RARE  RISINGSTARS - The UK’s Top 10 Black Students
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No. 3


Gladys Ngetich

PhD Aerospace Engineering
University of Oxford

Gladys Ngetich

Gladys’ journey from Kenya to the UK is an extremely powerful, emotional and inspiring tale to be told. She has overcome the toughest obstacles to become the sensational individual that she is today. Gladys’ story is a reflection of more than just an incredible work ethic. She dreamt of big things, things which might have seemed impossible right from the very beginning. Nevertheless, she made it to Oxford University from Rift Valley, Kenya, and is now pursuing a PhD in Engineering Science (Aerospace). Despite the personal challenges that she has faced, Gladys is now rising to the peak of her field, showing us all that it really can be done.

Gladys grew up in a family of nine in the tiny village of Amalo in Rift Valley, Kenya, where life was not easy particularly for a girl. Where she comes from, early and often abusive marriages are the challenges young girls face. She was saved from all these by her mother– Gladys’ greatest inspiration and cheerleader. Her mother, who did not go past high school education because of an earlier marriage, has remained a strong pillar in Gladys’ academic journey.

“My mother is the reason why I am here today.”

Gladys grew up around sports and science: two of her brothers studied engineering and often got involved with handball, soccer and athletics. This was the start of Gladys’ incredible academic and extra-curricular career. Her educational background in Kenya is remarkable. Her primary school was built using locally available timber. The floors weren’t cemented, and the school had barely any resources. Her transition to high school was difficult. She was the laughing-stock of her class because her command of the English language at that time was poor and she would mix up English words with her native language, Kalenjin, and Swahili. Despite this, she ended up graduating from Mercy Girls Secondary School with the highest grade in English. In addition, she scored the highest grade the school had ever recorded, emerging the best student in the whole Kipkelion district in the Kenya Certificate of Secondary Education (KCSE) results of 2008, winning James Finlay Scholarship awarded to exceptional students to pursue undergraduate studies in Kenya.

She then went on to study BSc in Mechanical Engineering at Kenya’s top engineering university - Jomo Kenyatta University of Agriculture and Technology (JKUAT). She kept the same resilient spirit, scooping top awards, both in sports and academics all through her undergraduate studies. In 2013, she was awarded the Barbaroa Excellence Award for emerging the best student in her class and also won the Engineer. B. K. Kariuki Award for the best student in Engineering Thermodynamics. In sports, she was elected as Captain for both the University Women Athletics and Football teams. She competed in the Kenya University Games where she won a total of 7 athletics medals: 3 gold, 2 silver and 2 bronze. Gladys was also selected to represent her university at the 7th and 9th editions of the East Africa University games. Her proudest moment was when she made it to the Kenyan National Athletics selection for the 14th IAAF World Championships in Moscow. She also served as a Class Representative – a leadership position she kept for five years. In 2015 Gladys graduated with distinction. Her exceptional academic performance combined with the inspirational leadership and sports prowess earned her the Rhodes Scholarship to pursue PhD in Engineering Science at the University of Oxford.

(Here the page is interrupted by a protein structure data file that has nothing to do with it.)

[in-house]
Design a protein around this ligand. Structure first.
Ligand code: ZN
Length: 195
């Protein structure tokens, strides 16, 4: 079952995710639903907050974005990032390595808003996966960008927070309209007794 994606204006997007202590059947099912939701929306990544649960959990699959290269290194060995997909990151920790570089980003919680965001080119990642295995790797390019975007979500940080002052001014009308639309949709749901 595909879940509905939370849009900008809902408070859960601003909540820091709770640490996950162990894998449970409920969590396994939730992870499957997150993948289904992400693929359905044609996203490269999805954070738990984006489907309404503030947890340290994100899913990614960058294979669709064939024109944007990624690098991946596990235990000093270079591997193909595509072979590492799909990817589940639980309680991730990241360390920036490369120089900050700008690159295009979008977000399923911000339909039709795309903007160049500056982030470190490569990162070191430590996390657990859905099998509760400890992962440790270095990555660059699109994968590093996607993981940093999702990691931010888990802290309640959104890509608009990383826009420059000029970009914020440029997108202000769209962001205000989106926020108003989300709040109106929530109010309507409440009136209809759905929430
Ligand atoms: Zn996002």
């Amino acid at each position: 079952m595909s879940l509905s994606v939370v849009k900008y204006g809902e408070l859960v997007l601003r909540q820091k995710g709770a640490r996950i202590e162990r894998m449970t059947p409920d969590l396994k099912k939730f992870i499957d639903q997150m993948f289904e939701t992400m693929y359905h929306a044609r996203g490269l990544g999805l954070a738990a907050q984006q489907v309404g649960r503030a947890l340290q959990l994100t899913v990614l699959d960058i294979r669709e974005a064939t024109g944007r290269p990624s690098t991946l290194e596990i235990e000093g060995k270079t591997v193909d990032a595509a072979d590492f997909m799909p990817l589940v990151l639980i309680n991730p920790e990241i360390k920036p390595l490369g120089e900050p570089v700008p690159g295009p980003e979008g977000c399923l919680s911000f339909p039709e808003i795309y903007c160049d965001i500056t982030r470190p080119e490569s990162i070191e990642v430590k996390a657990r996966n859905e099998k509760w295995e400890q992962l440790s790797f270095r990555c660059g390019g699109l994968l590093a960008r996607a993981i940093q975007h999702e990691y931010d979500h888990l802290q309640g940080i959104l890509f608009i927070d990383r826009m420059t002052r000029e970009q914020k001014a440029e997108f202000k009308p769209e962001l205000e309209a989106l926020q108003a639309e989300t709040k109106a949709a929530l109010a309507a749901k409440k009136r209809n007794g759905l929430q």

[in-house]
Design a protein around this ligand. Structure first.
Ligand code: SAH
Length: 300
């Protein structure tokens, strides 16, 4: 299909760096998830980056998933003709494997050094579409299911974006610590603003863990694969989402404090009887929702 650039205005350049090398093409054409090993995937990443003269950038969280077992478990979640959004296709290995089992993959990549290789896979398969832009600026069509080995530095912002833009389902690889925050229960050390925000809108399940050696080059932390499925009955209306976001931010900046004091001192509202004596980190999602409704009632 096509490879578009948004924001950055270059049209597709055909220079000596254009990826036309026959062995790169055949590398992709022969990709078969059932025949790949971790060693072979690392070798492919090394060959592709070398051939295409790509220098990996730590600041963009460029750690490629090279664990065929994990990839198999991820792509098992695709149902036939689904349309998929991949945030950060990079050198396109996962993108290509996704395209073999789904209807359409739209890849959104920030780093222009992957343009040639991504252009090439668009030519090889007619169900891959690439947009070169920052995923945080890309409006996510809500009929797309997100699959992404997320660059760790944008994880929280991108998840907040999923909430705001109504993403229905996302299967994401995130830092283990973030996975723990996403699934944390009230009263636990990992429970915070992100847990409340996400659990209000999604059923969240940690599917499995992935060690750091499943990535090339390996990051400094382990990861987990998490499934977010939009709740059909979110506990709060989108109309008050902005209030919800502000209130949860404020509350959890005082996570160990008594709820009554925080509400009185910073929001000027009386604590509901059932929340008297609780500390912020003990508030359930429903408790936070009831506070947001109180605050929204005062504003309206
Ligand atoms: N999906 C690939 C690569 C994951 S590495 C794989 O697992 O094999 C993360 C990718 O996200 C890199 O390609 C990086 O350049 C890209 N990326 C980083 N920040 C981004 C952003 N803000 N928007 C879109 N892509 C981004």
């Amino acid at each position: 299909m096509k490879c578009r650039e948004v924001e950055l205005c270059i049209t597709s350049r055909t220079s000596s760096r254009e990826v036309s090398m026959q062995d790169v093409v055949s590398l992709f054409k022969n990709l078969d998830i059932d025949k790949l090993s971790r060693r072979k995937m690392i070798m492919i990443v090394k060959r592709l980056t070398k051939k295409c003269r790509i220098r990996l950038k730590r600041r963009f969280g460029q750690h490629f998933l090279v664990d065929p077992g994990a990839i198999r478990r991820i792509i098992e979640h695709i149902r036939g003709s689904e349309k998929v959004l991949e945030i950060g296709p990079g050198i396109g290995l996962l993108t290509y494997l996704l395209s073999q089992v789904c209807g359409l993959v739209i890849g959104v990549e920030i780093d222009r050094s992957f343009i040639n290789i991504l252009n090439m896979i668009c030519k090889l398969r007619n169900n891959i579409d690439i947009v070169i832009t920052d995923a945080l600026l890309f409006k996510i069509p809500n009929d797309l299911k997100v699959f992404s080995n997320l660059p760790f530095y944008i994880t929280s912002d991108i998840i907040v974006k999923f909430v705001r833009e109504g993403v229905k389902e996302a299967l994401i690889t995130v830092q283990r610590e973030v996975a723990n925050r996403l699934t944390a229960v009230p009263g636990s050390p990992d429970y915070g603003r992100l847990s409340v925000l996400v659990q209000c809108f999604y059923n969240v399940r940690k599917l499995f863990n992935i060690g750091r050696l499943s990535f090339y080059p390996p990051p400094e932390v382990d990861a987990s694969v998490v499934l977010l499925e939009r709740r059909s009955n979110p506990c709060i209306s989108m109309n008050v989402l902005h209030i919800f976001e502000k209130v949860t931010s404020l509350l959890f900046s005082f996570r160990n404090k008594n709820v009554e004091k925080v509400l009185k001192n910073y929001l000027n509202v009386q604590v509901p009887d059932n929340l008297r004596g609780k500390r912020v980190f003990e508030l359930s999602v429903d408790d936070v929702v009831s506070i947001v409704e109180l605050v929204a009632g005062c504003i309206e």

Gladys continued to raise the bar even higher when she joined Oxford. She recently received a patent in collaboration with the Rolls Royce Plc. Gladys’ research work has been featured in top articles that have been distributed across the UK including BBC Science, the Oxford Science Blog and Medium. Early this year, she was awarded the prestigious ASME IGTI Young Engineer Turbo Expo Participation Award; awarded to young engineers to present a paper they have authored at the annual American Society of Mechanical Engineers (ASME) conference. Outside her research, Gladys tutors engineering undergraduate students at Oriel College.

She continues to shine in extracurricular activities. In 2015, she was named the Top-Scorer in the Oxford University Women Soccer Cuppers. She is also an Oxford Blue Athlete for 400 m hurdles and 100 m hurdles. She was recently selected to compete in the prestigious Ivy League Athletics between Oxford and Cambridge and Penn and Cornell. In 2016, she was awarded the Tanenbaum Fellowship - an annual competitive fellowship awarded to Rhodes scholars for a multifaceted program in Israel. In April 2018, she was awarded the Skoll World Forum Fellowship as a budding inspirational social entrepreneur: she is the co-founder and CEO of the ILUU Organisation headquartered in Nairobi which mentors, inspires and empowers girls from the rural parts of Kenya. This year, she has been shortlisted for the McKinsey & Company Next Generation of Women Leaders Award.

Gladys is on the path to becoming a leading pioneer in Aerospace Engineering. She has shattered the stereotypes forced upon her and is now an accomplished STEM ambassador seeking to inspire the next generation of female engineers. She recently served in the EngineerGirl Markers Panel - EngineerGirl is an organisation that works to inspire young girls into STEM. She is currently working with the Beyond Boundary Oxford Project and IF Oxford Science Festival organising exciting engineering projects aimed at raising profile of black women in engineering. Gladys’ story is one of a kind. We can all learn something from her inspirational journey.

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